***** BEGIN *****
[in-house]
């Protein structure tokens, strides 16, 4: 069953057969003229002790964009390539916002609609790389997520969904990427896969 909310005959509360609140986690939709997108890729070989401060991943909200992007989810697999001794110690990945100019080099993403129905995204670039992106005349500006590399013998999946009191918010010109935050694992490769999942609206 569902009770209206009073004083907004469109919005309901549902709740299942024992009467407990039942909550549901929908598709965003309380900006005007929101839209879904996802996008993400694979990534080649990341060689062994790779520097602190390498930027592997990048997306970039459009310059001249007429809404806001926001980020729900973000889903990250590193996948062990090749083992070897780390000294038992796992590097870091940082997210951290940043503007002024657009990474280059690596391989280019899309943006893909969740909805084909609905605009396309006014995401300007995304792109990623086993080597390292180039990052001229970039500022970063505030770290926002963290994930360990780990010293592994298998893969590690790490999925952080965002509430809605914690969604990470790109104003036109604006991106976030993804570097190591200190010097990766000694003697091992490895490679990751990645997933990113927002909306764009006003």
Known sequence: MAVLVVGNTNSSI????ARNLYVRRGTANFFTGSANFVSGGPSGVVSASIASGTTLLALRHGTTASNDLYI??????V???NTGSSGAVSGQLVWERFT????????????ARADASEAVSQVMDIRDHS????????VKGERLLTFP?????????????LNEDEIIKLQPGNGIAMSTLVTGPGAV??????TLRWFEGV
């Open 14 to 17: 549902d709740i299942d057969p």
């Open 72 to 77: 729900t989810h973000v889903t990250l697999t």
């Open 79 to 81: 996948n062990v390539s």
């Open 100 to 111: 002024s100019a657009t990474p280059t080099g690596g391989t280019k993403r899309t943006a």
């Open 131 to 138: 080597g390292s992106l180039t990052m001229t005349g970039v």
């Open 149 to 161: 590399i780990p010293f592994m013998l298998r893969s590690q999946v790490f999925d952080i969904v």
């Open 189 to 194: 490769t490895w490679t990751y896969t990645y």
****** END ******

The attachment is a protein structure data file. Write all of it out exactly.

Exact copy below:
[in-house]
């Protein structure tokens, strides 16, 4: 069953057969003229002790964009390539916002609609790389997520969904990427896969 909310005959509360609140986690939709997108890729070989401060991943909200992007989810697999001794110690990945100019080099993403129905995204670039992106005349500006590399013998999946009191918010010109935050694992490769999942609206 569902009770209206009073004083907004469109919005309901549902709740299942024992009467407990039942909550549901929908598709965003309380900006005007929101839209879904996802996008993400694979990534080649990341060689062994790779520097602190390498930027592997990048997306970039459009310059001249007429809404806001926001980020729900973000889903990250590193996948062990090749083992070897780390000294038992796992590097870091940082997210951290940043503007002024657009990474280059690596391989280019899309943006893909969740909805084909609905605009396309006014995401300007995304792109990623086993080597390292180039990052001229970039500022970063505030770290926002963290994930360990780990010293592994298998893969590690790490999925952080965002509430809605914690969604990470790109104003036109604006991106976030993804570097190591200190010097990766000694003697091992490895490679990751990645997933990113927002909306764009006003």
Known sequence: MAVLVVGNTNSSI????ARNLYVRRGTANFFTGSANFVSGGPSGVVSASIASGTTLLALRHGTTASNDLYI??????V???NTGSSGAVSGQLVWERFT????????????ARADASEAVSQVMDIRDHS????????VKGERLLTFP?????????????LNEDEIIKLQPGNGIAMSTLVTGPGAV??????TLRWFEGV
């Open 14 to 17: 549902d709740i299942d057969p």
């Open 72 to 77: 729900t989810h973000v889903t990250l697999t």
């Open 79 to 81: 996948n062990v390539s």
């Open 100 to 111: 002024s100019a657009t990474p280059t080099g690596g391989t280019k993403r899309t943006a």
């Open 131 to 138: 080597g390292s992106l180039t990052m001229t005349g970039v």
């Open 149 to 161: 590399i780990p010293f592994m013998l298998r893969s590690q999946v790490f999925d952080i969904v």
């Open 189 to 194: 490769t490895w490679t990751y896969t990645y």